Steamboat Springs resident Winnie DelliQuadri pets her dog Hailey, who is suspected of having ingested marijuana while being walked in a downtown park. Hailey had a bad reaction to the drug, and DelliQuadri is hoping her pet recovers.

Photo by Matt Stensland

Steamboat Springs resident Winnie DelliQuadri pets her dog Hailey, who is suspected of having ingested marijuana while being walked in a downtown park. Hailey had a bad reaction to the drug, and DelliQuadri is hoping her pet recovers.

Steamboat dog recovering after 'bad trip' from eating pot

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— It has been more than a week since Hailey ingested suspected marijuana, and she still has not returned to being her old self.

Before Nov. 25, the black border collie mix would greet her owner at the door and sleep next to her in bed. Hailey loved to go on walks and was full of energy. On Wednesday, she lacked any interest in her Milk-Bone, she was skittish and she would not come on command and preferred to be in the garage.

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David DelliQuadri was walking his daughter's dog Hailey, right, in Stehley Park on Nov. 25 when it ate something a vet thinks was laced with marijuana.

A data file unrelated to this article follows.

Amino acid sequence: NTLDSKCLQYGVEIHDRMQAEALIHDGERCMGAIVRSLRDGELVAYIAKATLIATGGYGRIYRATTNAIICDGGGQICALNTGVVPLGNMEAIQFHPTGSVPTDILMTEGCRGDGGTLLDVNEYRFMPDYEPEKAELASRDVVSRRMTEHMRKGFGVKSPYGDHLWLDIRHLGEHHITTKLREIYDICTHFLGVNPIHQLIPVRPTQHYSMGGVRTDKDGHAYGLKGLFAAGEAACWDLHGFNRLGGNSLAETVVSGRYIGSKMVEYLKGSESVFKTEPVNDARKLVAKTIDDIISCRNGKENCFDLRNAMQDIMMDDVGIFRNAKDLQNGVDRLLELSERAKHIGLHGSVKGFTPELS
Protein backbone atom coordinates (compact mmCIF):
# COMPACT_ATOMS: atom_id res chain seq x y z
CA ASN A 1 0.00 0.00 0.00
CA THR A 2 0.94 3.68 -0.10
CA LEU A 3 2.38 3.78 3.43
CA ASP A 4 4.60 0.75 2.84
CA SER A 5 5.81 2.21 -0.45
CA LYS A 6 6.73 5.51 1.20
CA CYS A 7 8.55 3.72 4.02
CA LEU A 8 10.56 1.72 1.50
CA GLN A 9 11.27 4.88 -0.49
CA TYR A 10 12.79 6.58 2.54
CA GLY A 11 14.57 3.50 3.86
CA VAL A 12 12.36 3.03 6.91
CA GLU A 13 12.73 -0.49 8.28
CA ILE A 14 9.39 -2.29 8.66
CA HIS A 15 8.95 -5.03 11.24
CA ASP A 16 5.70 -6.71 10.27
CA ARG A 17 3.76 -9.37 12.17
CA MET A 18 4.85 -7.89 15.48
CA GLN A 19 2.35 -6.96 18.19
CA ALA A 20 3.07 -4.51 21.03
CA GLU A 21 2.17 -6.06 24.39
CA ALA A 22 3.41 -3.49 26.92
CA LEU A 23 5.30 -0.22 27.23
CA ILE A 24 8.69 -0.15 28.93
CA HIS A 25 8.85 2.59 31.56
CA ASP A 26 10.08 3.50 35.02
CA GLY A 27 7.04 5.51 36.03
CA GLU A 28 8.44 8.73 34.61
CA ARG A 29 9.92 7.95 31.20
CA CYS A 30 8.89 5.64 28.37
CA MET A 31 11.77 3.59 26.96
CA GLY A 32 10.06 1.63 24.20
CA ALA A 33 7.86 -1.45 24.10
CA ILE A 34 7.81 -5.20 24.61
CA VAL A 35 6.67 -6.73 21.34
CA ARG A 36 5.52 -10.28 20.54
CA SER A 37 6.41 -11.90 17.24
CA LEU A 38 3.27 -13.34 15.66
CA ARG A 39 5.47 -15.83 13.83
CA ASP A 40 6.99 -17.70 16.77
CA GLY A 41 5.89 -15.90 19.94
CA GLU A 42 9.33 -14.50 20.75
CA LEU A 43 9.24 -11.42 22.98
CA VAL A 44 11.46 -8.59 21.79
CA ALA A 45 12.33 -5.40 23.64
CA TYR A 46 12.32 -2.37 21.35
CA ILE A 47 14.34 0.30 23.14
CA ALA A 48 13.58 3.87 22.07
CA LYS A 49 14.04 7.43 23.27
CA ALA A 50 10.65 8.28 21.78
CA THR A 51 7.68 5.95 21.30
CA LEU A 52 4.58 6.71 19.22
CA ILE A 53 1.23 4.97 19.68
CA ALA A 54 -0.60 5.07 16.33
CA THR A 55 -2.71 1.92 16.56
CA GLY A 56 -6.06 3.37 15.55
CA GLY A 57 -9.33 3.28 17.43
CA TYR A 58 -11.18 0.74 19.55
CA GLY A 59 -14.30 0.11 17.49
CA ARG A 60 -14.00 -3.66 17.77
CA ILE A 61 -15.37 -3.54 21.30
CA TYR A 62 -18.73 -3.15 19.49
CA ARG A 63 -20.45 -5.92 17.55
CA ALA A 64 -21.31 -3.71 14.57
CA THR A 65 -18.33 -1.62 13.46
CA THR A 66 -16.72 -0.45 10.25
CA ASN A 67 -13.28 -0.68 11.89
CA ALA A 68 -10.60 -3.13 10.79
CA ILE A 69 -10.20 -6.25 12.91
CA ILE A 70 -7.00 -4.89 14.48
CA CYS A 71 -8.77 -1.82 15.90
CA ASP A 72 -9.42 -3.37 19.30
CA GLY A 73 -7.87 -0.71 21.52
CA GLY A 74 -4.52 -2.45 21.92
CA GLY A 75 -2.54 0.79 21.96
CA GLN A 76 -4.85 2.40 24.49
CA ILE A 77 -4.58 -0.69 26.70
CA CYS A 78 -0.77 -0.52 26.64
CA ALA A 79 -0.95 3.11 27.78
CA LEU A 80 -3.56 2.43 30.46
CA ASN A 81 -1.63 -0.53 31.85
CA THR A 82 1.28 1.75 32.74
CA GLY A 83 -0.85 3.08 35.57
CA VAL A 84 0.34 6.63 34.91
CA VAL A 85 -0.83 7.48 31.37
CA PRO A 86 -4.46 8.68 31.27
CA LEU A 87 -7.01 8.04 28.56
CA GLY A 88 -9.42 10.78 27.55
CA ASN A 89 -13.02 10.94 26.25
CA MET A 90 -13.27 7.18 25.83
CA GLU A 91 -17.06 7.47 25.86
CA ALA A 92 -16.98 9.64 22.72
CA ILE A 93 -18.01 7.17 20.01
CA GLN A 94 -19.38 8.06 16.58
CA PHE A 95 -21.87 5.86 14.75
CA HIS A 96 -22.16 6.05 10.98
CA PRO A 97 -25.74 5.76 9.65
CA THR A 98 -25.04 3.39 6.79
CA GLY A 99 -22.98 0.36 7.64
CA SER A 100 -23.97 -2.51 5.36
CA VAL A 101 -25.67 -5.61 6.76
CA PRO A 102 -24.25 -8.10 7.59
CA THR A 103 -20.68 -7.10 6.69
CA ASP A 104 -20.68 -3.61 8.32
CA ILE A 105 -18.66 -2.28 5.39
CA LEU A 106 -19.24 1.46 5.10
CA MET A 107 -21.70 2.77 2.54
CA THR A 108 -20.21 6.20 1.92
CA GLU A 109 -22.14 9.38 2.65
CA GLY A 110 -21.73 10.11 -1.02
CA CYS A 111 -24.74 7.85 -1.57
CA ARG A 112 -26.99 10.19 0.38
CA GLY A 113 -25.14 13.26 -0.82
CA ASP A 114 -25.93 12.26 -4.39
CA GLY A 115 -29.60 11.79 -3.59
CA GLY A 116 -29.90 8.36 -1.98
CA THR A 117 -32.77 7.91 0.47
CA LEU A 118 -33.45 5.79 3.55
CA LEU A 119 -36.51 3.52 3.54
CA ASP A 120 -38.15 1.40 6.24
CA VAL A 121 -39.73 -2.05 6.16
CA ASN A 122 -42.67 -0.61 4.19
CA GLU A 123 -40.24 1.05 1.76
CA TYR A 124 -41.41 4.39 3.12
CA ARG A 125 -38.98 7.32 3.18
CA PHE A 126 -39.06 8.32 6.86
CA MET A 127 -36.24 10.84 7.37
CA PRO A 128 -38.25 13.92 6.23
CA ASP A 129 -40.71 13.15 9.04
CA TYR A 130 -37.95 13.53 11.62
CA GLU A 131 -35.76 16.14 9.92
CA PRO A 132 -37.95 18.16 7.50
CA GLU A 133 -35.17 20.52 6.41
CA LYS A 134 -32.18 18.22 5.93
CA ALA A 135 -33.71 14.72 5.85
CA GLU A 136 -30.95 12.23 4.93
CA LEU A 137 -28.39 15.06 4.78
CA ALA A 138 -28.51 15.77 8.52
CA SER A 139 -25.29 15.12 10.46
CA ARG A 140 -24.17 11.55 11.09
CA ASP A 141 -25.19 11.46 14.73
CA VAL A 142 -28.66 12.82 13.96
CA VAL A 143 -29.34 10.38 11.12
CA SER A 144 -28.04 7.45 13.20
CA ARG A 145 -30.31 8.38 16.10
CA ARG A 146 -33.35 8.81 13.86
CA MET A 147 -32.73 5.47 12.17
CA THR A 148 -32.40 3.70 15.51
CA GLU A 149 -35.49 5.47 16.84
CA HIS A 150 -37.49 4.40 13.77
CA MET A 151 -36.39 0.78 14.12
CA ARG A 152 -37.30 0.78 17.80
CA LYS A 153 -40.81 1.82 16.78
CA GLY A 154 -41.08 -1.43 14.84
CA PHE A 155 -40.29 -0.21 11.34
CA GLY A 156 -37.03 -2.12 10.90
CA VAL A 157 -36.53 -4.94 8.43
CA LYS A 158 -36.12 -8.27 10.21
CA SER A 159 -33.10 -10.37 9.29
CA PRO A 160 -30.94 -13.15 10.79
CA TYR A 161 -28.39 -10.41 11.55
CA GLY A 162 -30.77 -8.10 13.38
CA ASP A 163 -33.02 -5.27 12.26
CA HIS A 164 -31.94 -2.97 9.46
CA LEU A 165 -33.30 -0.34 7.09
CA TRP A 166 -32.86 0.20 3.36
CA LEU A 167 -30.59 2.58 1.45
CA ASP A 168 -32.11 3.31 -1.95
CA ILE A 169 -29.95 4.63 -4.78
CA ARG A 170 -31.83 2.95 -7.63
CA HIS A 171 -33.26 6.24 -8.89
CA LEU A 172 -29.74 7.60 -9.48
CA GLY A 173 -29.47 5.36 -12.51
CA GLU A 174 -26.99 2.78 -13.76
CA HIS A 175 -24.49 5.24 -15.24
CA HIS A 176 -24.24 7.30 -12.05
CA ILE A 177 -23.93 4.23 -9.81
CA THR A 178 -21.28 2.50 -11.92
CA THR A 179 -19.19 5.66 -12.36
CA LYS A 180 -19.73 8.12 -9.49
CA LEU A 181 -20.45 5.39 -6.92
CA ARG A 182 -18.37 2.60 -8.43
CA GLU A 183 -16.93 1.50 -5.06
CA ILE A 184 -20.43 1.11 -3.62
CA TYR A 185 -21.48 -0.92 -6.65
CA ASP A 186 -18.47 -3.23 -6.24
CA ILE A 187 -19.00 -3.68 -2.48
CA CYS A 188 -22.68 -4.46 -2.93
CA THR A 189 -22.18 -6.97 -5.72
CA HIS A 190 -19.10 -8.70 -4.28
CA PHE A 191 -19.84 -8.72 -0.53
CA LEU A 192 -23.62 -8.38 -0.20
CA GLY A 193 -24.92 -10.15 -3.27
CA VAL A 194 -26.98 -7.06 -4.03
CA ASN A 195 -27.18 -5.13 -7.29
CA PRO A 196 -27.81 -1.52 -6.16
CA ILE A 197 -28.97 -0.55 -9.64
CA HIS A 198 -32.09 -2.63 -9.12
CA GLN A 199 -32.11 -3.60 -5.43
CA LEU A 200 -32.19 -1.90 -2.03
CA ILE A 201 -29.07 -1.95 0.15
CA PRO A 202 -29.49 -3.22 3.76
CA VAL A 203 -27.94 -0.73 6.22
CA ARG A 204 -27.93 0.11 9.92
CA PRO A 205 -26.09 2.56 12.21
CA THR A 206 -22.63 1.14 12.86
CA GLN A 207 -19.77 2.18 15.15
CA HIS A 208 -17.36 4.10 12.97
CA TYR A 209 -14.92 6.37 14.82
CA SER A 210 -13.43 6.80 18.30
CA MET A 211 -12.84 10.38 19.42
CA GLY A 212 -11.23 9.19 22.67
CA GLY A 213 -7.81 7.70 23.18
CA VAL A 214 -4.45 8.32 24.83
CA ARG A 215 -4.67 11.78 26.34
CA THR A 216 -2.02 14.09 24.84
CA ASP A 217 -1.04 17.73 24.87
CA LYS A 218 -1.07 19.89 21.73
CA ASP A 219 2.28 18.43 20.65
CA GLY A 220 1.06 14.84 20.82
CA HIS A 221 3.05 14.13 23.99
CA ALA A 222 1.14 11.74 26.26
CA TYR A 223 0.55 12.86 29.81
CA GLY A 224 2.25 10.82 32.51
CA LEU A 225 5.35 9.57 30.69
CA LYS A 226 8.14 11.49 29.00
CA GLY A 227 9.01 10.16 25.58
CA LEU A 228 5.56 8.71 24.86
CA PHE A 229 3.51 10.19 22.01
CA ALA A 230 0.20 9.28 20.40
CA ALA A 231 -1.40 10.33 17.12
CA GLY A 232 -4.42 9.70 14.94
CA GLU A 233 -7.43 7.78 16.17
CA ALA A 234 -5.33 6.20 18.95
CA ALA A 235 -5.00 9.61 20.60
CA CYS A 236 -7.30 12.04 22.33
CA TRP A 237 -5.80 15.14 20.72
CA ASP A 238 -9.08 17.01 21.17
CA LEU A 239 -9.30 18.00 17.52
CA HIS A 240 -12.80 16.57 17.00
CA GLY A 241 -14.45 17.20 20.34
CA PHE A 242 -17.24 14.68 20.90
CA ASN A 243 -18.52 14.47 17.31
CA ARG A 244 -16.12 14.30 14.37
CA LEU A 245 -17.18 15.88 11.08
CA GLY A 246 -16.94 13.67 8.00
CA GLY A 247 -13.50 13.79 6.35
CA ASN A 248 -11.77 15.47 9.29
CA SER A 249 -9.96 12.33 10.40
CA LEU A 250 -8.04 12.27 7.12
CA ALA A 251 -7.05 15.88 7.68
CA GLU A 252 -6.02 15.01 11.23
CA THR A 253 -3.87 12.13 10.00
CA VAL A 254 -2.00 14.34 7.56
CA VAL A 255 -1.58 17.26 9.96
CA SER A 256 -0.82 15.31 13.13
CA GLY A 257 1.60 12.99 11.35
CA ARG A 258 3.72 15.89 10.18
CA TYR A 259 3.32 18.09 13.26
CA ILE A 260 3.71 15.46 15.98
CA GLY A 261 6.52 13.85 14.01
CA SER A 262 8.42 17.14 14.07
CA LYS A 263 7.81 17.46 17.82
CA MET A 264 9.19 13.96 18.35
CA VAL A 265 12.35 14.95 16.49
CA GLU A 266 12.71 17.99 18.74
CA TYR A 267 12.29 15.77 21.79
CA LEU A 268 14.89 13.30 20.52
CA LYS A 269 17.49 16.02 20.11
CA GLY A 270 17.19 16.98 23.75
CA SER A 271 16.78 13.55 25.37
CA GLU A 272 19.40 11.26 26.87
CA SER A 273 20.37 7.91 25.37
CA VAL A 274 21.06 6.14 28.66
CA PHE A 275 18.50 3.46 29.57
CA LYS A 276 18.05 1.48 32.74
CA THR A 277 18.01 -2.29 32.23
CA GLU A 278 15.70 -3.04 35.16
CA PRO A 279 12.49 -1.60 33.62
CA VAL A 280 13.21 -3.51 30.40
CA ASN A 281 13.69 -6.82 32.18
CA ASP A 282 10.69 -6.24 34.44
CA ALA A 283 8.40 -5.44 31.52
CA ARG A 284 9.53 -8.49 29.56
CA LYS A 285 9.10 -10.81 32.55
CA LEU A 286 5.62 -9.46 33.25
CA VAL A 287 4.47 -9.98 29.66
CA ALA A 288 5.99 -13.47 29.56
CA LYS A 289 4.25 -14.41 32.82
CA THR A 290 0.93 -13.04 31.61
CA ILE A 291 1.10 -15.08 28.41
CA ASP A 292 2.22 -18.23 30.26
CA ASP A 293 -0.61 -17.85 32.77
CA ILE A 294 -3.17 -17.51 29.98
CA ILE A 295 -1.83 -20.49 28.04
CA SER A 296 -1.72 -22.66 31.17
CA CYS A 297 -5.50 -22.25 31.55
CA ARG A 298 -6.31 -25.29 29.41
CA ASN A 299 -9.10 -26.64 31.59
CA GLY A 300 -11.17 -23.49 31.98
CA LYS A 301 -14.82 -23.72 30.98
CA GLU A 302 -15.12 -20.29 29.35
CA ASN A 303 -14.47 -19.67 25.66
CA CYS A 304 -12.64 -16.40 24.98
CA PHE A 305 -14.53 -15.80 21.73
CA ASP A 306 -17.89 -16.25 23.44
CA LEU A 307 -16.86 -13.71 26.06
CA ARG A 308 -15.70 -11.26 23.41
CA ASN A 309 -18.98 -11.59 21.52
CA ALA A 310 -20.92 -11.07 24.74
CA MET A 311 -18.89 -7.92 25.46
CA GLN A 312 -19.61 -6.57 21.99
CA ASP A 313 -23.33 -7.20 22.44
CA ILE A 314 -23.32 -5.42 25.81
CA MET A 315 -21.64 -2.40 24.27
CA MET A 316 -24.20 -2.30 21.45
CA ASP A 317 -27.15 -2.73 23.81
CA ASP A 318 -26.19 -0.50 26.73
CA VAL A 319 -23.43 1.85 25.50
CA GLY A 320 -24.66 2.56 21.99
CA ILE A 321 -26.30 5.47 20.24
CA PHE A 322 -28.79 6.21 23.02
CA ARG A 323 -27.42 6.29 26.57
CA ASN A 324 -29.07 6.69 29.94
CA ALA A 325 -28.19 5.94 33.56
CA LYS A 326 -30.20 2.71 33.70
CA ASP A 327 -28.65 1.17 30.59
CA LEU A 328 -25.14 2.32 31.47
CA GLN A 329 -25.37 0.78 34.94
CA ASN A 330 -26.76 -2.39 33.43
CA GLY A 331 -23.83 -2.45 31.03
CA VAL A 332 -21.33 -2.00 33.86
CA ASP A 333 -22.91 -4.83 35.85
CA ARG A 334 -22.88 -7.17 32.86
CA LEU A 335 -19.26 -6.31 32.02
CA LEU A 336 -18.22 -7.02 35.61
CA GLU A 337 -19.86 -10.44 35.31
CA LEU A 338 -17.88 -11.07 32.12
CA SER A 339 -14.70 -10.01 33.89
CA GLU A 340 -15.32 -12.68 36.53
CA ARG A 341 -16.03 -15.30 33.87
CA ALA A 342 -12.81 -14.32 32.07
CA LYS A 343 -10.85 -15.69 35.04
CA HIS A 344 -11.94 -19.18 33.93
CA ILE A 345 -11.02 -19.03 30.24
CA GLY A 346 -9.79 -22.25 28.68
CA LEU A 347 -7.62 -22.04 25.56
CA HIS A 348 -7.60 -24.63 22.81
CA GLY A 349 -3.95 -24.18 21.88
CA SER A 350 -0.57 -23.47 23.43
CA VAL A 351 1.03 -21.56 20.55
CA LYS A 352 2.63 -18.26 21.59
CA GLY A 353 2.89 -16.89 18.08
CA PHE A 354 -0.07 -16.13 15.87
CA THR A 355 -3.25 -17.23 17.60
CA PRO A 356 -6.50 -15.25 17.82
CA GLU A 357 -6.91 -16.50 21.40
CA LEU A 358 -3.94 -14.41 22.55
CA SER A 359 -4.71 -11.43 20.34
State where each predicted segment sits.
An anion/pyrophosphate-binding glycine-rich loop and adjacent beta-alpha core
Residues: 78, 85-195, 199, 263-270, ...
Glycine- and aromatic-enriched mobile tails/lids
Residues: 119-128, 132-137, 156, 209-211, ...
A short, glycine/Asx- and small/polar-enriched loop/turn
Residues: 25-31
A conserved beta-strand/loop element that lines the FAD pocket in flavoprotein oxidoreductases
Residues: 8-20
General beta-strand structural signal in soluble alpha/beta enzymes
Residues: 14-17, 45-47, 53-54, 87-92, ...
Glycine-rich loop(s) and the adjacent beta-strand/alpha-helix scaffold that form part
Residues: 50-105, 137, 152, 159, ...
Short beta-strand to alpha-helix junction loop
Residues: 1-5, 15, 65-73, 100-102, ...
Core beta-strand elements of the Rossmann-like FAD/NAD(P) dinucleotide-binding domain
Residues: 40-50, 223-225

“It’s like all the world is a threat to her now,” said David DelliQuadri, who was walking Hailey through Stehley Park in downtown Steamboat Springs when the dog ate something that a veterinarian later determined most likely was laced with marijuana.

The extended side effects Hailey is experiencing after getting really stoned are not typical, but dogs ingesting marijuana and succumbing to marijuana toxicosis is not unusual in Steamboat Springs and throughout Colorado.

“We see at least three each month,” Pet Kare Clinic veterinarian Dr. Paige Lorimer said. “It’s more common now that it’s legal.”

There is research to back that up. A Colorado study published in 2012 in the Journal of Veterinary Emergency and Critical Care found a strong correlation between medical marijuana legalization and the number of cases of dogs being treated for marijuana ingestion.